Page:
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Environmental hazard assessment of pharmaceuticals

: Henschel, K.-P.; Wenzel, A.; Diedrich, M.; Fliedner, A.


Regulatory toxicology and pharmacology 25 (1997), pp.220-225
ISSN: 0273-2300
Journal Article
Fraunhofer IUCT ( IME) ()
aquatic toxicity; biotest; environment; pharmaceutical; regulation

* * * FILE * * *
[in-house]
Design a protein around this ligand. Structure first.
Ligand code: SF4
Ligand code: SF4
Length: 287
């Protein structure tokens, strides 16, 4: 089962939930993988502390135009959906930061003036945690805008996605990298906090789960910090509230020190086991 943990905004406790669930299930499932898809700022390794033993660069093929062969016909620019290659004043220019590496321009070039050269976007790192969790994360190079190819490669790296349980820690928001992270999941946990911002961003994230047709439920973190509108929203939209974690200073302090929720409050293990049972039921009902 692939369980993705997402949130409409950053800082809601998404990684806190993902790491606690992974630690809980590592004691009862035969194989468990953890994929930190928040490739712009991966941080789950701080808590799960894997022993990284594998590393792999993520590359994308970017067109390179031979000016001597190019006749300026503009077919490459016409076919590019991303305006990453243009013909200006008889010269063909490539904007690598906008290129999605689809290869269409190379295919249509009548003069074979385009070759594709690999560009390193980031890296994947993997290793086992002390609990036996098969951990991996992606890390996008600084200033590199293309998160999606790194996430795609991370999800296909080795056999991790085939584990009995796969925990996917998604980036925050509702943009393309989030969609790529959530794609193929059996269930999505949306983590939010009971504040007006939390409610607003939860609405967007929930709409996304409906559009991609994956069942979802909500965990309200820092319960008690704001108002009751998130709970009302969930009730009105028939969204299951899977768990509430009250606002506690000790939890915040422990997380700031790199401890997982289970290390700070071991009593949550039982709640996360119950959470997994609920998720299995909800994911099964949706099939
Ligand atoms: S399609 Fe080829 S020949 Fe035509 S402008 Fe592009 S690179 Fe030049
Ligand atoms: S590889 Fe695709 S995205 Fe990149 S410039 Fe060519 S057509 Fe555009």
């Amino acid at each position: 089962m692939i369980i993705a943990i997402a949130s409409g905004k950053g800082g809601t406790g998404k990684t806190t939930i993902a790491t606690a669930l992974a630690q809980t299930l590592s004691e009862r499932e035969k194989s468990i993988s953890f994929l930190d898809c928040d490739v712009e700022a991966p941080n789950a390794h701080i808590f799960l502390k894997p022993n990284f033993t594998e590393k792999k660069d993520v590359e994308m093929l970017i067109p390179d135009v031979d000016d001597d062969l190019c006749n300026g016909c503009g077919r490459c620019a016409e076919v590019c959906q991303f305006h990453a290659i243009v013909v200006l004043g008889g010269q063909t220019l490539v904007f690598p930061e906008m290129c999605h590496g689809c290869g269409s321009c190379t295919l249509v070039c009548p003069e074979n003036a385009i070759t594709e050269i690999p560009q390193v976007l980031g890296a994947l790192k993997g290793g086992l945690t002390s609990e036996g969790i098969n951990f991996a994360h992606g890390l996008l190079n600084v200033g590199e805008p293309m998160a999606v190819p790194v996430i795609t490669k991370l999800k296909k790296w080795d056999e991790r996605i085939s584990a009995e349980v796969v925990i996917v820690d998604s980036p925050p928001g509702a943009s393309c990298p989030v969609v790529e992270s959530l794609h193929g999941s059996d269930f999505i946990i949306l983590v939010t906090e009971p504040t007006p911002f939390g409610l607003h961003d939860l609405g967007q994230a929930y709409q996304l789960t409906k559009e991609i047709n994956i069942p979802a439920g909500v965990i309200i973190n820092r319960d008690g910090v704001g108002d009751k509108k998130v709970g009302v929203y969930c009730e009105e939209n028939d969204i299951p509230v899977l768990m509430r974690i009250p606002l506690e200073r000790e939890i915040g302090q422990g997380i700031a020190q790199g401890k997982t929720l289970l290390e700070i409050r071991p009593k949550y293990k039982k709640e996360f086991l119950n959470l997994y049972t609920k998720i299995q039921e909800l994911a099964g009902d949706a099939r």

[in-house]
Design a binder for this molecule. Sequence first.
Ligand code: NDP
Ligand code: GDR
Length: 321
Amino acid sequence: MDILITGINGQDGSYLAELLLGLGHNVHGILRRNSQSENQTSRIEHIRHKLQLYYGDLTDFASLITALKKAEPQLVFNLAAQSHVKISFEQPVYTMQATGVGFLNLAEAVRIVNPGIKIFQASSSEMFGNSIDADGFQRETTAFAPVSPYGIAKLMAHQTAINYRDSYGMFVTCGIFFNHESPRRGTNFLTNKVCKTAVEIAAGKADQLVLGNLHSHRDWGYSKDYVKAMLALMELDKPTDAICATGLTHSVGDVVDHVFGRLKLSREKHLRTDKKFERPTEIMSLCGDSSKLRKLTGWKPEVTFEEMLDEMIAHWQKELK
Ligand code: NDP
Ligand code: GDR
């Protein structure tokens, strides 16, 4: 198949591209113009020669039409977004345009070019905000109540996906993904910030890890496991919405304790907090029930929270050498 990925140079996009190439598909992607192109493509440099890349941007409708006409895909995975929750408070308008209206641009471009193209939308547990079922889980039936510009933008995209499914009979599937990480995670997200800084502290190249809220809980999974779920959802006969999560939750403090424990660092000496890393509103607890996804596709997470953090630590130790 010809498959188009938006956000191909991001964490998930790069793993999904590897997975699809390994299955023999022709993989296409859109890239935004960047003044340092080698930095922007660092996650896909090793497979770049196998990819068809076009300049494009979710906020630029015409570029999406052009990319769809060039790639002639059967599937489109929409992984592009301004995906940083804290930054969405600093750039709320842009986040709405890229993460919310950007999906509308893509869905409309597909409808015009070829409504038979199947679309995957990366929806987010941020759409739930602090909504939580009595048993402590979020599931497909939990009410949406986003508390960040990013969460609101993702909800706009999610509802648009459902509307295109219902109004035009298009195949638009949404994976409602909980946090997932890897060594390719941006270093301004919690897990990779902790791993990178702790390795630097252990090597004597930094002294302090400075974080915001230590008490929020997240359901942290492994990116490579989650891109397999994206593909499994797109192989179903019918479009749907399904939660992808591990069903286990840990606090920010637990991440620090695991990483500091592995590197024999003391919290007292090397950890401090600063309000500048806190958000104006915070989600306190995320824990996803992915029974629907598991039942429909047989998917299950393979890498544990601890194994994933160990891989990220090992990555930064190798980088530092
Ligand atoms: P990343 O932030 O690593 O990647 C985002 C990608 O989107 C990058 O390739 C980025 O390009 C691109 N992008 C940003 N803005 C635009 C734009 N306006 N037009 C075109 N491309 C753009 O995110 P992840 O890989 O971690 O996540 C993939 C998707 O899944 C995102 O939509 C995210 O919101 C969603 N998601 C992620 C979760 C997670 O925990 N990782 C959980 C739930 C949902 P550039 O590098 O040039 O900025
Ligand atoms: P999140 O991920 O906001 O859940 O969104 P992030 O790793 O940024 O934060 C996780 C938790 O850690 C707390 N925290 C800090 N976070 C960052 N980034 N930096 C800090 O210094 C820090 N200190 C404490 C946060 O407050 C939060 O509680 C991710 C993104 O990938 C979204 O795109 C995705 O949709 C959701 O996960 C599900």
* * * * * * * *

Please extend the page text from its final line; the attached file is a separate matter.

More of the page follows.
The pharmaceuticals and pharmaceutical metabolites salicylic acid, paracetamol, clofibrinic acid, and methotrexate were examined with regard to their biological degradability and toxicity toward algae, Daphnia, fish embryos, luminescent bacteria, ciliates, and the fish cell line BF-2. The EC(50) values calculated for the most sensitive organismic test (all except cell cultures) in each case were for salicylic acid, 37 mg/L (fish embryos); for paracetamol, 50 mg/L (Daphnia); for clofibrinic acid, 86 mg/L (fish embryos); and for methotrexate, 45 mg/L (ciliates). However, in the case of paracetamol, clofibrinic acid, and methotrexate, the fish cell line BF-2 reacted even more sensitively with EC(50) values of 19 mg/L (paracetamol), 14 mg/L (clofibrinic acid), and 3 mg/L (methotrexate). Salicylic acid and paracetamol proved to be easily degradable. The predicted exposure concentration calculated according to the procedure of the EU Draft Phase I for new pharmaceuticals (CEC III/5504/94, dr aft 4) was based on the total estimated quantity of these substances consumed and indicated that their entry into the environment is theoretically possible. These results show that (1) the four tested pharmaceuticals may be present in the environment, (2) the substances led to effects in at least one ecotoxicological test, and (3) the most sensitive reactions were observed for a nonstandard test which incorporates relevant end points for the respective pharmaceuticals. This demonstrates that a limitation to the standard tests (algae, Daphnia, and fish) would have underestimated the toxicity of paracetamol, clofibrinic acid, and methotrexate. In addition to improved exposure estimates, the EU guideline should therefore contain a test strategy adapted to their modes of action, which permits the definite identification of pharmaceuticals with high ecotoxic potential, and consequently the appropriate provisions.